Figuring Out My Life

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Figuring Out My Life
I got home after Saturday's game a little upset. I'd just blown my first save of the season (but gotten my first win - only 12 to 300! - wait, I'm not supposed to be excited about personal goals. Never mind.) and Vanessa was home waiting for me. I grumbled a little to her about something trivial and she told me off. I won't reprint her words here because they're private (actually, I forgot most everything she said, but the "privacy" thing makes us sound private). The gist of it all was this: Jimmy (that's me) is going to not be playing baseball for the rest of his life. The assumption is that Jimmy (me again) will one day retire and have to fill up the days of his life with...something.

Vanessa: You better find out what that is.
Me: We can go on a second honeymoon.
Vanessa: If living with you during retirement is like this, you can go on a second honeymoon with your second wife.

Well, no husband wants to hear that, especially from his first wife. So I said something dumb back to get the last word in ("Maybe I will," I believe was the phrase.). She said something back, not so dumb, and got the last word in anyway (truly forgot what that was due to my not getting the last word and not fulfilling my momentary goal).

I moped around the house for a while, doing a lot of nothing. I do that when I get home after afternoon games. My nights can be filled with the following:

1. Moping around and being bored
2. Watching cartoons
3. Bothering Vanessa or my kids with queries like, "What are you doing?" and "Want any help?" To which I receive the response, "You should get a hobby."

I thought this blog was my hobby, but it only takes 35-45 minutes a day. If I subtract 45 minutes from 24 hours, there's still at of time left in the day to do stuff. My problem is I have no "stuff" to do. And that upsets my lovely wife, making her threaten me with a divorce to be named later.

Then it hit me: Ask somebody what to do! It's thrilling to come up with an idea on your own. But who to ask? I had a shrink - team supplied - who's not talking to me. I have a wife, but she's not the one who'll give me answers I need since she's biased against me. My kids' guidance counselor at school? Good idea, but she's a lady and would probably not be very impressed with the balding that's beginning on my scalp.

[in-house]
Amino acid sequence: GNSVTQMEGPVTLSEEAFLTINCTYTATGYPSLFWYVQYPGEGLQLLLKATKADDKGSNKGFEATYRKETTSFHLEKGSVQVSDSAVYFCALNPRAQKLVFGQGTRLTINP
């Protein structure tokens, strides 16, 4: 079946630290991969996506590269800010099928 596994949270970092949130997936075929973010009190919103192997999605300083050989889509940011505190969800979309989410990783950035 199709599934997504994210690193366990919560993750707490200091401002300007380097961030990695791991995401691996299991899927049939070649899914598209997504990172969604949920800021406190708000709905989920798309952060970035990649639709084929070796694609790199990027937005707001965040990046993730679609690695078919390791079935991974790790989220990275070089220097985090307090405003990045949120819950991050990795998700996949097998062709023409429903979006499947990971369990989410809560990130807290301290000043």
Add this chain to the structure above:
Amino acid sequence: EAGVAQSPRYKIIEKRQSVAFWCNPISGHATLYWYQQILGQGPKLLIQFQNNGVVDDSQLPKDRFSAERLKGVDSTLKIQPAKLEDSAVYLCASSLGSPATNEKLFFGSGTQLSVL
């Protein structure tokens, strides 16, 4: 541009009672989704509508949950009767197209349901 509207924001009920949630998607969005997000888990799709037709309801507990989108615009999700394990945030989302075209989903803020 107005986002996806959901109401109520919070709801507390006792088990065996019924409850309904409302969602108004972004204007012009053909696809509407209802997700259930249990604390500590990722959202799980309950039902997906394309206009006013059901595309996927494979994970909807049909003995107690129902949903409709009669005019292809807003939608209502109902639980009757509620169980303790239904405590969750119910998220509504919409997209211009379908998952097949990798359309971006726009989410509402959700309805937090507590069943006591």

Then it hit me: Ask former ballplayers! They're retired! They must have all the time in the world to talk to me about what they're doing with the rest of their lives since they're currently living in the "rest of their lives" time period.

Thus, I reached out to Mike Marshall first, former Cy Young Award winner (1974) while with Los Angeles. He holds all sorts of records for relief pitchers, like most pitching appearances in a season (106) and most relief innings (208).

But there's more.

He's Dr. Mike Marshall to you and me. I saw him on HBO Real Sports a couple of weeks ago with Bryant Gumble, talking about his efforts to eliminate injuries to pitchers. Coming off a 2007 season in which I threw two pitches before getting injured and missing the rest of the year, I suddenly wished Vanessa had yelled at me in 2006.

I'm no doctor. Far from it. (Vanessa won't even call me Dr. Love when I ask during those "private" times.) Maybe Dr. Marshall could help me. Maybe he could give me some advice. It was worth reaching out to him.

I went to his website,, and sent him an email. He responded and agreed to speak to me. So we did. And I recorded it. Unwilling to turn this into some Linda Tripp/Monica Lewinsky thing, I told the good doctor I was recording our conversation. He said fine, as long as I posted it on my blog. I said fine, as long as - Well, I had no counter to his proposal, so I'm posting our conversation here.

The Dr. Mike Marshall Interview

Give a good hard listen. You finally get to hear my voice after my not talking to the media for so long. And, in the background, you'll hear some interesting music.

More important, you'll hear what Dr. Marshall has to say about pitching and baseball. His website has loads of free information young kids may find interesting. Maybe old kids will find it interesting too. You can even send him emails on your own with questions. There's a free book, some video, all sorts of neat stuff. You'll love it. And you'll love him (but not in "that" way).

As for me, I'm going to start doing more of these legal recordings. I've called more people and am going to speak with other former big leaguers, like Tommy John (nice, since I had his surgery last year), Richie Hebner, Rick Minor, Dave Baldwin and more. I'm even going to speak with a sports psychology consultant to see if I can get my head on straight.

Thus, I will no longer just be an incredible pitcher who fans adore, I will become a man who my wife adores and who my two adolescent kiddies tolerate. It's gonna be great!

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